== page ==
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Fellows' Papers
Social Media Practice of Journalism

Striking a balance between informing and sensation-alising: South Korean broadcasters and the MERS outbreak

Reuters Institute Fellow's Paper

Disaster reporting by public broadcasters fulfils a number of roles: the provision of accurate information, on the ground reporting and holding the authorities to account. But the role of the PSBs has been changed by the reporting of direct experience made available via social media networks and user generated content. Using the MERS outbreak of 2015 as his core research, Jay Daniel Kim shows how the broadcasters covered the outbreak, and the extent to which their “control” of the narrative - already to some degree constrained by earlier criticisms of their “over-reporting” of the previous SARS outbreak - was changed by the increasing volume of social media reporting. He concludes that the editorial balance of power shifted - away from government controlled messages, faithfully reported by the media, to social media derived reporting which became the staple of broadcast news: and he looks ahead to how broadcasters will need to adapt themselves to this changed environment in this, one of their most important and exposed roles.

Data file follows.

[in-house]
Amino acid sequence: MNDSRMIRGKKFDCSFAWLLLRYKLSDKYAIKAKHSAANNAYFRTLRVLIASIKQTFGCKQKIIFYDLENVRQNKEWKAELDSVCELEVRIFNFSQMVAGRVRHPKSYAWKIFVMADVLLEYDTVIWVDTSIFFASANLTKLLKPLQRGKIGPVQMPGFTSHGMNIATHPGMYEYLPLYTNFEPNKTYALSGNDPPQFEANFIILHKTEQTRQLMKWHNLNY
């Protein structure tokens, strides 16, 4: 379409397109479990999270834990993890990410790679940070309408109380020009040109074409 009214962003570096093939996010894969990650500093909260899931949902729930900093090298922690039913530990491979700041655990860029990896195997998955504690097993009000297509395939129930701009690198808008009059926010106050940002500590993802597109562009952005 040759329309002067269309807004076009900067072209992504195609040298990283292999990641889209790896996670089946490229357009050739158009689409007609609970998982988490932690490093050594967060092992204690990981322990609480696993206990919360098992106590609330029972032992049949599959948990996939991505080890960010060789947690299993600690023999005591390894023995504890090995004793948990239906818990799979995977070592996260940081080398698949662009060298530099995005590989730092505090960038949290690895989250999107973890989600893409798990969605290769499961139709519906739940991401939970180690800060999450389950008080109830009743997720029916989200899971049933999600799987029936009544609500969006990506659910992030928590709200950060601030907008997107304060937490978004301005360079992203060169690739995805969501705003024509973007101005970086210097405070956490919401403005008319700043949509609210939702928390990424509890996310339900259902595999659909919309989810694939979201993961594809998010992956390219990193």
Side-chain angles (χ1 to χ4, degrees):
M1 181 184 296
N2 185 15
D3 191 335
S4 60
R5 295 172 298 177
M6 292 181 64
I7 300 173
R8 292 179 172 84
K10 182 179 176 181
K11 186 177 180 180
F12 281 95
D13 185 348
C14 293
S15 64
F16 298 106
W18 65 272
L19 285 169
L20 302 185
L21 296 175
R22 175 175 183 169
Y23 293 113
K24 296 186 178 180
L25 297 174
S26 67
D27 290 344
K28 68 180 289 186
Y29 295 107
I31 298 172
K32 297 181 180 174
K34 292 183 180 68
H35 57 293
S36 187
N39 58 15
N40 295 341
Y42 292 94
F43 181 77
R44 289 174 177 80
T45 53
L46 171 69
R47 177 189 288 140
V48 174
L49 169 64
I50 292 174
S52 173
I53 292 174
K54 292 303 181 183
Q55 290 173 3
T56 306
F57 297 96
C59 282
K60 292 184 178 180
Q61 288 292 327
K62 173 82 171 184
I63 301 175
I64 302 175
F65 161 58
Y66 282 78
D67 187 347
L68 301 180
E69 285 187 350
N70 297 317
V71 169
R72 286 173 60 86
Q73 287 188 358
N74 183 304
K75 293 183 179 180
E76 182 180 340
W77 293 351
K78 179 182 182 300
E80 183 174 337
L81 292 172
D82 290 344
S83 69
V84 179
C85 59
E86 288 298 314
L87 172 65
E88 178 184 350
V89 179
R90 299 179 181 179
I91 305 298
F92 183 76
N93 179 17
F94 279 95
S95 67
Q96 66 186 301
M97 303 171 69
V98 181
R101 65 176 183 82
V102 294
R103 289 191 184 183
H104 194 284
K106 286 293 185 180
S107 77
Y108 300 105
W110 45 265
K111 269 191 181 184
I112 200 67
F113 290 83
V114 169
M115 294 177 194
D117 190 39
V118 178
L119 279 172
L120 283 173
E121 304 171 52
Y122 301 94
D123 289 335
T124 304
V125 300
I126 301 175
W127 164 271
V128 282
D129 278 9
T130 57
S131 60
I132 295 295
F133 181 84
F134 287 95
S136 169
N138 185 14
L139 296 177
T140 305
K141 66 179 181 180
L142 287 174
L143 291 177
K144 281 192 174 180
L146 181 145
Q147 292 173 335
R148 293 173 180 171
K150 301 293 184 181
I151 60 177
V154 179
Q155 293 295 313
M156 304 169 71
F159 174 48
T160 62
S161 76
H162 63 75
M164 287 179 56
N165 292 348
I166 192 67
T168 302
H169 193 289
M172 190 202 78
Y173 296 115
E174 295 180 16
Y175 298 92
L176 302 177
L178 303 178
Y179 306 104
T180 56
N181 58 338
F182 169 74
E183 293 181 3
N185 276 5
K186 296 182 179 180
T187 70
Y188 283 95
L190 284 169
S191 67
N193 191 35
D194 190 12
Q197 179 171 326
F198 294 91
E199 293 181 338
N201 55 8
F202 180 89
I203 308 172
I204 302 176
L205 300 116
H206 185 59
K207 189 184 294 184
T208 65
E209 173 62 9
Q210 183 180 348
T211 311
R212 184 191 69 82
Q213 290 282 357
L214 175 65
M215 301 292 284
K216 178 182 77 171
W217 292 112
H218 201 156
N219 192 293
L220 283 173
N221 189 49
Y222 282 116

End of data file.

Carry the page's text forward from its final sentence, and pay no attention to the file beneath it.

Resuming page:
As with all Fellows’ research papers, any opinions expressed are those of the author and not of the Institute.

Image: REUTERS/Kim Hong-Ji